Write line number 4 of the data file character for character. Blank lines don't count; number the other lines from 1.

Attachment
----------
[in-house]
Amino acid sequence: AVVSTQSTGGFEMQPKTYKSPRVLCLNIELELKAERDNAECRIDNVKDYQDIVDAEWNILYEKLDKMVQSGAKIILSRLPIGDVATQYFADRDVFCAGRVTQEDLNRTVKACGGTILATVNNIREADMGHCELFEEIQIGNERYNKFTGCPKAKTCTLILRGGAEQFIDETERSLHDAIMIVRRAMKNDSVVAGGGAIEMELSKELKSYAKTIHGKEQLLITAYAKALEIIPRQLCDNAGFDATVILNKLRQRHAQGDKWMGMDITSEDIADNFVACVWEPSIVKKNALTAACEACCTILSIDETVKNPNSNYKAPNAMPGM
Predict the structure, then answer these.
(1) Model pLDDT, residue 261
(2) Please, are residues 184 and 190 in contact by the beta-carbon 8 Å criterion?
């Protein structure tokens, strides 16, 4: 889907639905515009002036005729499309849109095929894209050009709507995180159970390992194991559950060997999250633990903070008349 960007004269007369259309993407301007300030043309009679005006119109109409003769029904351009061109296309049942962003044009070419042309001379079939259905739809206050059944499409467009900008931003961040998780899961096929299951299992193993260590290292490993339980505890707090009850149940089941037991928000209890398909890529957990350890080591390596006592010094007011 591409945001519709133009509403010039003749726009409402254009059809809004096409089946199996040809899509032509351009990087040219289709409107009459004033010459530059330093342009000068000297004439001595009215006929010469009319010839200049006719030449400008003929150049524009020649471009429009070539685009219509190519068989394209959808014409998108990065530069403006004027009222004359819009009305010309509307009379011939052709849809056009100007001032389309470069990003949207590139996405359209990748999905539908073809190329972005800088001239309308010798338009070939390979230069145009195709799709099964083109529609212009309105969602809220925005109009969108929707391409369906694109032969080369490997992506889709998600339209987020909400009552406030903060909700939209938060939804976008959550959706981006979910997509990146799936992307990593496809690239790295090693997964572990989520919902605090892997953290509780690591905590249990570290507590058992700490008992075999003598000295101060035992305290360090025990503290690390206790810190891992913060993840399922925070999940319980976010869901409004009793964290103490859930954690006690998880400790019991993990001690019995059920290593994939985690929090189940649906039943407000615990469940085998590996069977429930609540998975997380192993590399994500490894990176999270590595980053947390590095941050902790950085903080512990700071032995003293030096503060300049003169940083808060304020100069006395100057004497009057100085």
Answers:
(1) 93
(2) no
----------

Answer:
(1) Model pLDDT, residue 261